Working with PostgreSQL Subquery | A 101 Guide

• July 15th, 2022

PostgreSQL Subquery_FI

While writing queries in PostgreSQL, there would be some situations where you would be tired of selecting all the records and then filtering them. And also, filtering them would require writing numerous lines of unnecessary and redundant code. 

This is where PostgreSQL Subquery comes to your rescue. PostgreSQL Subquery can reduce the lines of your code by multifold and you can easily filter out your data based on any condition you desire. 

This article will help you comprehensively understand the overall usage and need of the PostgreSQL Subquery. You will also come across the different kinds of use cases and query examples of PostgreSQL Subquery.

Table of Contents

What is a PostgreSQL Subquery?

A PostgreSQL Subquery is basically a query nested inside a larger query.

The rules and guidelines that should be kept in mind while using PostgreSQL Subqueries are as follows:

  • PostgreSQL Subqueries should be enclosed within parentheses.
  • If you’re using a PostgreSQL Subquery with the SELECT clause, then you can have only one column along with it unless multiple columns are in the main query for the subquery to compare its selected columns.
  • An ORDER BY clause cannot be used in a PostgreSQL Subquery, although the main query can use an ORDER BY. The GROUP BY can be used to perform the same function as the ORDER BY in a subquery.
  • PostgreSQL Subqueries that return more than one row can only be used with multiple value operators, such as the IN, EXISTS, ALL, NOT IN, ANY, SOME, etc.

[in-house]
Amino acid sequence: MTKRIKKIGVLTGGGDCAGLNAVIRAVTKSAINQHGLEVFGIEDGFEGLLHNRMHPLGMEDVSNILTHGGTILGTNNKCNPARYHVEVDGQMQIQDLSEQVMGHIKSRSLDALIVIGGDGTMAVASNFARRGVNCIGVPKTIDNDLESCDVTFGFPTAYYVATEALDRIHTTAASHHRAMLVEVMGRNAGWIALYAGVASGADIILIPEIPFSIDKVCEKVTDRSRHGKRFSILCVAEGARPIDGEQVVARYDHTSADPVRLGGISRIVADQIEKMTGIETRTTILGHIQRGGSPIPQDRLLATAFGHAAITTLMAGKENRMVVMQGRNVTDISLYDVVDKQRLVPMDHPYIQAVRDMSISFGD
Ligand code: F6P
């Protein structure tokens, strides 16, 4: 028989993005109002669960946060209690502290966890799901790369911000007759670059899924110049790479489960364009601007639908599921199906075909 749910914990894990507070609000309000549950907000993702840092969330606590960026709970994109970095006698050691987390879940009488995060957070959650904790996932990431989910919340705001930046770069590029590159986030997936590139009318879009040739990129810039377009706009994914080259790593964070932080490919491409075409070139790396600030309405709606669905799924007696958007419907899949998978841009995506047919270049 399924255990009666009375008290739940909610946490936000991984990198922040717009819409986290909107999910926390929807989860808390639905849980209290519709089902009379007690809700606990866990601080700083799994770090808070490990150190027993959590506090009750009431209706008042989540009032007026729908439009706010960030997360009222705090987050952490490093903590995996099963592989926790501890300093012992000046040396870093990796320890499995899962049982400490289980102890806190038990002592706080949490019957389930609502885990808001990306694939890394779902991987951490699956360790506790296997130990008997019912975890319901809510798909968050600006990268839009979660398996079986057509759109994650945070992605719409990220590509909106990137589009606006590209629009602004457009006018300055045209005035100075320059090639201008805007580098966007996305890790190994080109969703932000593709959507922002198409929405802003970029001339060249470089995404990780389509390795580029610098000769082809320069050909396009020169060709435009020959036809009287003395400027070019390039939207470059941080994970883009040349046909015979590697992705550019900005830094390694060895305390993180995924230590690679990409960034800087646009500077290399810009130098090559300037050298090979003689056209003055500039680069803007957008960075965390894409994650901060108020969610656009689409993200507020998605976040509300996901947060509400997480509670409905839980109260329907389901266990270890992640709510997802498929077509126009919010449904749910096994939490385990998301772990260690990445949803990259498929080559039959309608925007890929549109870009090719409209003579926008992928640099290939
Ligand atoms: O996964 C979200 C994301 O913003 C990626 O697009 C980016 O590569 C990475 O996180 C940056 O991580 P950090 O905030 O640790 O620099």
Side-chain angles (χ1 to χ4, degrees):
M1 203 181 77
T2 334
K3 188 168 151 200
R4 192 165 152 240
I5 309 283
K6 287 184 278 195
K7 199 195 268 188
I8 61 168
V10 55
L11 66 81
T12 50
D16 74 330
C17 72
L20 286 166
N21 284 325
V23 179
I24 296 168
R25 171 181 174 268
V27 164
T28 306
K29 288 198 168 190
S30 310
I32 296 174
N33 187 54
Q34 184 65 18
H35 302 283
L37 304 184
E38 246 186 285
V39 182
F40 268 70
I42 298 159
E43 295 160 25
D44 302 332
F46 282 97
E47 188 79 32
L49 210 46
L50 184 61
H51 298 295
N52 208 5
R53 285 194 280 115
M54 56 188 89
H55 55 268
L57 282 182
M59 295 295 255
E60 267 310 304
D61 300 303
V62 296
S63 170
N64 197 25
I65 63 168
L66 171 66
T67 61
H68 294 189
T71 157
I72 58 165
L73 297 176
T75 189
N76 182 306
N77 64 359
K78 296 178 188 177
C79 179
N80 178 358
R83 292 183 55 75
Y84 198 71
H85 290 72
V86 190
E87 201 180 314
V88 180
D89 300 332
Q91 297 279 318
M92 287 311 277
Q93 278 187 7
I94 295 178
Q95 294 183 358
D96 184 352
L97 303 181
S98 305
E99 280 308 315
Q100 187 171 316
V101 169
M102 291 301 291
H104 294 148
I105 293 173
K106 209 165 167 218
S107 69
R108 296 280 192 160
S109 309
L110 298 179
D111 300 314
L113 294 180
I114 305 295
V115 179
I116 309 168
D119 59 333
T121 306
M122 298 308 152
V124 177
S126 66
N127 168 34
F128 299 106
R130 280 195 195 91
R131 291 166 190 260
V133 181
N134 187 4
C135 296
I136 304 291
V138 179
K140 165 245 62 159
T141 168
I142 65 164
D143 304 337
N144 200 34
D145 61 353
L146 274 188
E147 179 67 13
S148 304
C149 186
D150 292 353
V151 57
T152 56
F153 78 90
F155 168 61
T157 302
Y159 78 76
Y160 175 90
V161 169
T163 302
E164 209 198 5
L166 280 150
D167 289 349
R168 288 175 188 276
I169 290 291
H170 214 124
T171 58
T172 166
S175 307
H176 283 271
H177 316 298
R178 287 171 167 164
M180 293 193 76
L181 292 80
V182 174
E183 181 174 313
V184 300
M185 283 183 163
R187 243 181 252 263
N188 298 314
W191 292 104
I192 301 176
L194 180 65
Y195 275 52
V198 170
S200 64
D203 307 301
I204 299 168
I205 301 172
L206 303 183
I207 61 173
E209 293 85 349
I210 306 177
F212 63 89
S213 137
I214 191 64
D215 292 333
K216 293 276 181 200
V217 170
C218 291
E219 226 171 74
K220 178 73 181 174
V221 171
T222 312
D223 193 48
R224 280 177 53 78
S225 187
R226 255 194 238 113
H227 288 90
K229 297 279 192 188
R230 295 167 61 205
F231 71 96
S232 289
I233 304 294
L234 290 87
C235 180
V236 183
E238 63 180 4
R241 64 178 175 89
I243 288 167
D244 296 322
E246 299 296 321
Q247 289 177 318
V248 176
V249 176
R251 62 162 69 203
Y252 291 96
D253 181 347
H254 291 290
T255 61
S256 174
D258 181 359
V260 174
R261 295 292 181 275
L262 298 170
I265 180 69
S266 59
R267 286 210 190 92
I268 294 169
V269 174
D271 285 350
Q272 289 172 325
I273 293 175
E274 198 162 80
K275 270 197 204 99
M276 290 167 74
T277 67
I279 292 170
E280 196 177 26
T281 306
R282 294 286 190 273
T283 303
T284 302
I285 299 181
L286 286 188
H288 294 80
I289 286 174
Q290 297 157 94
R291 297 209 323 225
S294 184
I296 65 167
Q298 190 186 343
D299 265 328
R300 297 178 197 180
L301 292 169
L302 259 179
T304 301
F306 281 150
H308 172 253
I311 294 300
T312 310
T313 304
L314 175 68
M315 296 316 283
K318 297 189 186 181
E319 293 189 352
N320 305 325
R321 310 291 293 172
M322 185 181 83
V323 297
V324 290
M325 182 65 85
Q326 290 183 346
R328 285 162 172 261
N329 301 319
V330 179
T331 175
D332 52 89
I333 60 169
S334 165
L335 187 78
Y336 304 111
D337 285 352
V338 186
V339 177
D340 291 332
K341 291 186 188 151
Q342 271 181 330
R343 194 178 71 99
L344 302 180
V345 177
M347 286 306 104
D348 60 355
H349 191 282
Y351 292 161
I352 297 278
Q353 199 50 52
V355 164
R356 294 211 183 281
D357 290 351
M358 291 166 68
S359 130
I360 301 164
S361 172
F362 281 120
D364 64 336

• The BETWEEN operator cannot be used with a subquery. Rather, it can be used within the subquery.
  • You can only use single-row operators with single-row PostgreSQL Subqueries, and multiple-row operators with multiple-row PostgreSQL Subqueries.
  • When using certain comparison operators in a WHERE clause, if a subquery (inner query) returns a null value to the parent query (outer query), then the outer query won’t return any rows.

Why do you use PostgreSQL Subqueries?

A PostgreSQL Subquery is used to return data that will be utilized as a condition in the main query to further limit the data to be returned. You may also use it when the desired result demands more than one query and each subquery returns a subset of the table involved in the query.

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PostgreSQL Subquery: Overview

PostgreSQL Subquery can accommodate a variety of use cases. These are as follows:

I) With different Statements

You can use a PostgreSQL Subquery along with different statements based on whether you want to query, insert, update or delete data from your table(s).

The statements along which you can use PostgreSQL Subquery are as follows:

1) SELECT statement

While retrieving information if you want to restrict your data set then you can fulfill this by creating a PostgreSQL Subquery inside the main query.

A) Syntax
SELECT column_name [, column_name ]
FROM   table1 [, table2 ]
WHERE  column_name OPERATOR
      (SELECT column_name [, column_name ]
      FROM table1 [, table2 ]
      [WHERE])